Borrowing up, but not on credit cards
WASHINGTON (AP) -- Americans stepped up borrowing in December to buy cars and attend school. But they cut back sharply on credit card use, continuing a trend that could hold back growth this year.
Consumer borrowing rose $14.6 billion in December from November to a total of $2.78 trillion, the Federal Reserve said Thursday. That’s the highest level on record.
The increase was driven entirely by gains in student and auto loans. Borrowing in the category that measures those loans increased $18.2 billion to $1.93 trillion. That’s the biggest monthly gain since November 2001.
Credit card debt, however, fell $3.6 billion to total roughly $850 billion. Total credit card debt has declined 17 percent since July 2008.
Americans have been relying less on their credit cards since the Great Recession. And December’s decline could also be a signal that consumers were worried about higher Social Security taxes that began lowering take-home pay this year.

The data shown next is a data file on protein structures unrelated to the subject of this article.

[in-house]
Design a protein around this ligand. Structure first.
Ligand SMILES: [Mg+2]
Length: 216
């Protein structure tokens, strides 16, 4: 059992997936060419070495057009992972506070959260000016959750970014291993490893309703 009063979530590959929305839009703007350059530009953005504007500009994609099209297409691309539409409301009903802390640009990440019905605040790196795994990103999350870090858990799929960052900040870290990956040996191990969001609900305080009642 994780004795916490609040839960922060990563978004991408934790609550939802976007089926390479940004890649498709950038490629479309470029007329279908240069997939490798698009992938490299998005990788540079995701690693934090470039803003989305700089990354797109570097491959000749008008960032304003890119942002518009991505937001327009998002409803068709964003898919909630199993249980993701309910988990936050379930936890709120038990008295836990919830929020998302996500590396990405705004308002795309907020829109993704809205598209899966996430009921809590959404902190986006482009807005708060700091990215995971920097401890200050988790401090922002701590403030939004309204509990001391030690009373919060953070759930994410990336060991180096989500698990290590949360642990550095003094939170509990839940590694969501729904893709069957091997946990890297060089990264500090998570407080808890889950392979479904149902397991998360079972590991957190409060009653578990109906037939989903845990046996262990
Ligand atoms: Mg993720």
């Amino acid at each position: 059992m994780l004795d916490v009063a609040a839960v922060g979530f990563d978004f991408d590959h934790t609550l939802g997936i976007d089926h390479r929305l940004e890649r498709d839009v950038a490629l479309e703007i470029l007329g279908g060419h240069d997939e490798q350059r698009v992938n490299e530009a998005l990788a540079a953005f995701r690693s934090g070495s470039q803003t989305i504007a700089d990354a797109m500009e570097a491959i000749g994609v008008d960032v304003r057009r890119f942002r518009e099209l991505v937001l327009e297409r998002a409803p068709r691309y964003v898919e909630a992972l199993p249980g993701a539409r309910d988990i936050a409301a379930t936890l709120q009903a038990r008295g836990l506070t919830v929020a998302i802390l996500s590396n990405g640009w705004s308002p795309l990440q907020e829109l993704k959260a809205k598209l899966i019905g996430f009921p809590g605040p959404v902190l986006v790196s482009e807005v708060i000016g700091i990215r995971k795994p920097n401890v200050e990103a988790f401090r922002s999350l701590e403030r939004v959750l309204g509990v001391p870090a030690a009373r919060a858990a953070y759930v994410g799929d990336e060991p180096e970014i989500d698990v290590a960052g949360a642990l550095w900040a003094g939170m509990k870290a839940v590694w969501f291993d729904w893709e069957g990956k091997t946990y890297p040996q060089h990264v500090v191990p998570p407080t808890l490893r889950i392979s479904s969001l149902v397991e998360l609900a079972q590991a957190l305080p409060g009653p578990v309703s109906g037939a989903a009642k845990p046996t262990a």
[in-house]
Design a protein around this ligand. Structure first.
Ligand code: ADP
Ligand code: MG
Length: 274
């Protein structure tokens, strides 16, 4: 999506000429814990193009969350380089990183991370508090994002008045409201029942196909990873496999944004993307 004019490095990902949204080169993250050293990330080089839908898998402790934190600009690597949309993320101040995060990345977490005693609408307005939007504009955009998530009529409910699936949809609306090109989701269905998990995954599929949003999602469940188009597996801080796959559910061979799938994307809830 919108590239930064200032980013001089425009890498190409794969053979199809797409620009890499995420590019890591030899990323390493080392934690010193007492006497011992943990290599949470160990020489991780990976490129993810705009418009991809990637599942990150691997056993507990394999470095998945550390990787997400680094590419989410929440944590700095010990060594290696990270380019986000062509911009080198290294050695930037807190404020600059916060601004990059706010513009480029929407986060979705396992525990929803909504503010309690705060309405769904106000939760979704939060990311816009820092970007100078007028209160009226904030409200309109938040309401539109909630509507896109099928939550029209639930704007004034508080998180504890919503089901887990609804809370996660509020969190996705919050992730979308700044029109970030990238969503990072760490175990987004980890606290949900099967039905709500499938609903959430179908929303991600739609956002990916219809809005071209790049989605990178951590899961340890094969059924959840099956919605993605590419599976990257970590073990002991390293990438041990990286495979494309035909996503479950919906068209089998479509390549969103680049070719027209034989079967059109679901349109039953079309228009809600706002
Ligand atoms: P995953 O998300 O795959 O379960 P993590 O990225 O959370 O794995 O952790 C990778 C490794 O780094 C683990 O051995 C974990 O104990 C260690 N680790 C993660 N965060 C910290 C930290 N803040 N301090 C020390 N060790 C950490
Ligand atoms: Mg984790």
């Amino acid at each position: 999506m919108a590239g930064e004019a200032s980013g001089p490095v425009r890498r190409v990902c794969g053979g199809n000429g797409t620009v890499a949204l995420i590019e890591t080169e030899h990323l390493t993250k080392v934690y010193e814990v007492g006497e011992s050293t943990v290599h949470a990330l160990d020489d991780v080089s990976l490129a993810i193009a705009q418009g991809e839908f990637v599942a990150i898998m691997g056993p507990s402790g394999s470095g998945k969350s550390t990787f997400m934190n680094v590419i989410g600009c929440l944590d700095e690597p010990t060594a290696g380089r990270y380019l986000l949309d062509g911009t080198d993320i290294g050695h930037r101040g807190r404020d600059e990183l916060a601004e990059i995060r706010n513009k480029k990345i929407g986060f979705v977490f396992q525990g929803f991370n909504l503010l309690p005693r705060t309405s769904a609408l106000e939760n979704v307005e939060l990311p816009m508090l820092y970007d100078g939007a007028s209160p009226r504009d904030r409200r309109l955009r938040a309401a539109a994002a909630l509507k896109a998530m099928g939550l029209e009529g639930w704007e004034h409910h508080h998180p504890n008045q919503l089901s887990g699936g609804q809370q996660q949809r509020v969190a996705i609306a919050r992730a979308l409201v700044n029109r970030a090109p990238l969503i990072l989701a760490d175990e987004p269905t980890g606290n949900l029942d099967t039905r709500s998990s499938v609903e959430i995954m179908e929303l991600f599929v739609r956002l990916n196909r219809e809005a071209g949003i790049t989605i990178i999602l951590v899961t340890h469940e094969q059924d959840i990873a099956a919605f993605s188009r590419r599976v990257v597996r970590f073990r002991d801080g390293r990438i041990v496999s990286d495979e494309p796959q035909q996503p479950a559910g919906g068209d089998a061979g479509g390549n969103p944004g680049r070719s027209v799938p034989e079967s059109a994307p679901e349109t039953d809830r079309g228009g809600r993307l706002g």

"High unemployment and the increase in payroll taxes will leave households reluctant to run up big credit card balances," said Paul Edelstein, director of financial economics at Global Insight. "An unwillingness to take on this form of debt will limit the speed at which consumer spending will grow this year."
The Federal Reserve’s monthly consumer credit report does not separate auto loans from student loans. But according to quarterly data compiled by the Federal Reserve Bank of New York, student loan debt has been the biggest driver of borrowing since the recession.
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